When you use a condom correctly, it’s a very effective form of birth control—and protection against sexually transmitted infections (STIs).
Studies have found that about one in 50 women using condoms perfectly over an entire year of sex will experience a pregnancy (1). Consistent and correct use of latex condoms or internal condoms is associated with a significant reduction in the combined incidence of gonorrhea, chlamydia, and syphilis in women considered to be at high-risk for contracting STIs (2, 3, 4).
When to use a condom
It is recommended to protect yourself and your partner by using condoms during penis-vagina sex, oral sex, or anal sex. Even if you’re having sex that doesn’t involve a penis, covering the toys with condoms is a good way to prevent the development of bacterial vaginosis (BV) or transmission of STIs.
Sexually transmitted infections, including HIV, syphilis, herpes, gonorrhoea, HPV, trichomoniasis, and chlamydia, can all still be passed on during oral sex (5).
Using a condom for period sex is encouraged to prevent pregnancy and protect against STI transmission. This is important because rates of STI transmission and acquisition are higher at certain times of the menstrual cycle—including during menstruation.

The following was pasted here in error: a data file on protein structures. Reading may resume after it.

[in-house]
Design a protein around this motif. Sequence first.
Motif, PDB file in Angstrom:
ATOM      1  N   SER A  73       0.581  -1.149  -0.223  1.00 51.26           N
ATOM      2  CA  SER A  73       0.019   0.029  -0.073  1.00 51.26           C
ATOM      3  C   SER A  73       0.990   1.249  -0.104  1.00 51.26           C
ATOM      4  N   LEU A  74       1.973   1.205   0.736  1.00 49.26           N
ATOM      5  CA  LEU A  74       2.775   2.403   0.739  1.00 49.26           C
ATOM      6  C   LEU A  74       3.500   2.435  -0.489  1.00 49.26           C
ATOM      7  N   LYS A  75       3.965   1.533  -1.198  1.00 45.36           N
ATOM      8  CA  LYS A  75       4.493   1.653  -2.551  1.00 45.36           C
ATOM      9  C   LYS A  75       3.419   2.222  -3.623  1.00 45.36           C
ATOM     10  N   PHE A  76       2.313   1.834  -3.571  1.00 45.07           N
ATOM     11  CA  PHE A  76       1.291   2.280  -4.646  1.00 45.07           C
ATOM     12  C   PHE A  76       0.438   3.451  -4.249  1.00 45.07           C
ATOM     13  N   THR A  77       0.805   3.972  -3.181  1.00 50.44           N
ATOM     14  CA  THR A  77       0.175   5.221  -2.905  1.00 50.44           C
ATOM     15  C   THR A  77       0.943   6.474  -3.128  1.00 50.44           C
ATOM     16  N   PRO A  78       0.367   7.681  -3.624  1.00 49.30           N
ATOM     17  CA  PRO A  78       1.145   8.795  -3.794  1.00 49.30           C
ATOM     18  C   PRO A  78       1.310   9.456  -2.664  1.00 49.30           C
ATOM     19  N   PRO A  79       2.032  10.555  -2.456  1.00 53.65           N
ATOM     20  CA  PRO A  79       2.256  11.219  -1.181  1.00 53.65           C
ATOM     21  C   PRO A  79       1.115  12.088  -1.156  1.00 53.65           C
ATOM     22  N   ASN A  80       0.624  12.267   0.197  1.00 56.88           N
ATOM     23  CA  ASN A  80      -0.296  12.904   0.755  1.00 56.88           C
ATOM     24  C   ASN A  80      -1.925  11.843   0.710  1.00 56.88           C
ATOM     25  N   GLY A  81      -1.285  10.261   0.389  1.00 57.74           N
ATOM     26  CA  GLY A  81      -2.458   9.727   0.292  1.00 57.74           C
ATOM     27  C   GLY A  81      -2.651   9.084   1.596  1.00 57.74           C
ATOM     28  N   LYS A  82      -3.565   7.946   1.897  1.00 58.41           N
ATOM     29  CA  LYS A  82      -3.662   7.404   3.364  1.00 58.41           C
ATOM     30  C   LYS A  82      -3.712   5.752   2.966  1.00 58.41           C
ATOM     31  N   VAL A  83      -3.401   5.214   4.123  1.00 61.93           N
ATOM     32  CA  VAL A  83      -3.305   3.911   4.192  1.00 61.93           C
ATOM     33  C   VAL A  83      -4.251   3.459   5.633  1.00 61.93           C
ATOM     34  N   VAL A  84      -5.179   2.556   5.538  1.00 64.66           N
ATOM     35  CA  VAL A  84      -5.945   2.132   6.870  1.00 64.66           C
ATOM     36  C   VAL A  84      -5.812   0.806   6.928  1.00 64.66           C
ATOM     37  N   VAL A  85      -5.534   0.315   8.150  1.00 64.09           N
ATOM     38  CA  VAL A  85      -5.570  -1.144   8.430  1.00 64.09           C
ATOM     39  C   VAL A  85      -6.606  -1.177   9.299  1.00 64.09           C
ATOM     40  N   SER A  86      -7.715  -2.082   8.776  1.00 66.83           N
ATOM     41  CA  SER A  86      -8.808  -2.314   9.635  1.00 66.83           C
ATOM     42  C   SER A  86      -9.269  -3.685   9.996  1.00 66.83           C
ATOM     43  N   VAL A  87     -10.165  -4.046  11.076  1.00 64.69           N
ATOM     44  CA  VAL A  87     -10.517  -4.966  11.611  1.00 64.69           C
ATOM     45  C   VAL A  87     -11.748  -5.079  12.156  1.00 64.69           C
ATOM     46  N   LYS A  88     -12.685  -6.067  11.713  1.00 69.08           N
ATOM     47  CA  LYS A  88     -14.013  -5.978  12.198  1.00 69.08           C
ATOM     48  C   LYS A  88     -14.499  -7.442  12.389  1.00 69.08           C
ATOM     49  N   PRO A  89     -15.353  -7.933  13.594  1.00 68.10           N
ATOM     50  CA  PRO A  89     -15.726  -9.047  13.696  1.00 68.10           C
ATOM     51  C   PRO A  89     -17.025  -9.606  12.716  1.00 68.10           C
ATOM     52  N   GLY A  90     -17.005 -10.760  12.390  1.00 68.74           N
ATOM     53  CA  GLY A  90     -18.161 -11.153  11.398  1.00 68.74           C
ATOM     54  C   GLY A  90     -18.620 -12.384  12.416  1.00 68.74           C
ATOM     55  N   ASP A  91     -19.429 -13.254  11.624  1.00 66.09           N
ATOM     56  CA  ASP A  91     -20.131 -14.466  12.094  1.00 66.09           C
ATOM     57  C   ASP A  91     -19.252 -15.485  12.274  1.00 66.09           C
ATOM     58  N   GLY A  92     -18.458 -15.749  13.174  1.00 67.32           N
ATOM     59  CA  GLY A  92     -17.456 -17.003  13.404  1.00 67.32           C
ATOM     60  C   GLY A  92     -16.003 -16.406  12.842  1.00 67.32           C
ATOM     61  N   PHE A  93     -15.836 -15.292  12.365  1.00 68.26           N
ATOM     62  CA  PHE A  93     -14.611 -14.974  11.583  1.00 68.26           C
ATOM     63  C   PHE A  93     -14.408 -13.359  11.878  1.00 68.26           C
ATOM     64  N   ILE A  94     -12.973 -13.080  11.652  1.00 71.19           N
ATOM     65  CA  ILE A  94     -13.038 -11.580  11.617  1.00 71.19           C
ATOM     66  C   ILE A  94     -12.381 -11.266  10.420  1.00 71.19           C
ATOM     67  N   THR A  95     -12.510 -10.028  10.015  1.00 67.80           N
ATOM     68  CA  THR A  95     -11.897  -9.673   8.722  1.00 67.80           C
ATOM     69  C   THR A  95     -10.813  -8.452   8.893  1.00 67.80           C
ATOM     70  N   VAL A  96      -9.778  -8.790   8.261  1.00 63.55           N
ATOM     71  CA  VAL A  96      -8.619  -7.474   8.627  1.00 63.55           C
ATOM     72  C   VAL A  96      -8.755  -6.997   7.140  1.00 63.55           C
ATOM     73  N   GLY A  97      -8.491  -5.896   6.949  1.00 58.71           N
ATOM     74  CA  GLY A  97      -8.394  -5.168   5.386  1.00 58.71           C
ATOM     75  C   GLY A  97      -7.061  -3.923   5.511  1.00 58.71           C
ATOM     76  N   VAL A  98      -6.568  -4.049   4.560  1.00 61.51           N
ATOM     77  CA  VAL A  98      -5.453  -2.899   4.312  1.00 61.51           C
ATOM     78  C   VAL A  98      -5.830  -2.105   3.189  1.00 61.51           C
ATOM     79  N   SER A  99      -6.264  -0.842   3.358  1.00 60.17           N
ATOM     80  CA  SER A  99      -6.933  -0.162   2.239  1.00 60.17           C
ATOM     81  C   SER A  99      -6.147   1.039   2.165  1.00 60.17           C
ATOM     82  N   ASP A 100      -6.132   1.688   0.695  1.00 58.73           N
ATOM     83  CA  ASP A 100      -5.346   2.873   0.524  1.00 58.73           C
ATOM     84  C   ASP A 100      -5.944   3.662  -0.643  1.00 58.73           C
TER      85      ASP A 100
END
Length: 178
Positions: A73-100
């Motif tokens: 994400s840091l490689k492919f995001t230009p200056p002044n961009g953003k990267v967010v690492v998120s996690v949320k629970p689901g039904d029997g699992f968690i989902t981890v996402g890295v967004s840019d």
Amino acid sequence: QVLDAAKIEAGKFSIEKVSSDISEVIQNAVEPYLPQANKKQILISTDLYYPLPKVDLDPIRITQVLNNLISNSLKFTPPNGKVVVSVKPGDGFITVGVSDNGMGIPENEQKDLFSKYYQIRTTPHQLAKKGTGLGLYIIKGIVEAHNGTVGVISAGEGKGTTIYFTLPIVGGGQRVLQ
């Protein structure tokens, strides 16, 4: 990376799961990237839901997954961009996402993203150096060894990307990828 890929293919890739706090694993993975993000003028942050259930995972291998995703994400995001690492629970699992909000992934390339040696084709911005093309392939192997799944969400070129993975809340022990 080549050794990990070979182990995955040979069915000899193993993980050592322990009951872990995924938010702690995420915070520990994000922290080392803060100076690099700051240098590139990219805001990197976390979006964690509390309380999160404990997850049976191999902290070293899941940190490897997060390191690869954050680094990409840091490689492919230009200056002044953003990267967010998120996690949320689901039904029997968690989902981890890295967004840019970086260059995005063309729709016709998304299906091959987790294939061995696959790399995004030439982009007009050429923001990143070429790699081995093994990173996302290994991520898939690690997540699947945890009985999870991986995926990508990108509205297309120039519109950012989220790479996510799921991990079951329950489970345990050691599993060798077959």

Different types of condoms
There are two main types of condoms: external (male) condoms, and internal (female) condoms. The most popular and accessible type of condom is the male (external) condom, which is placed on an erect penis just before sex. Although not as well known, female condoms also exist. They are placed inside the vagina, and are different from the dental dam (a barrier placed over the vulva for oral sex).
Female condoms are effective at preventing unintended pregnancy, but male condoms are more effective. When used correctly, 5 out of every 100 women using female condoms will get pregnant in one year (1). This is comparable to the male condom, which has a protection rate of around 2 pregnancies per 100 women over the time span of one year when used correctly (1).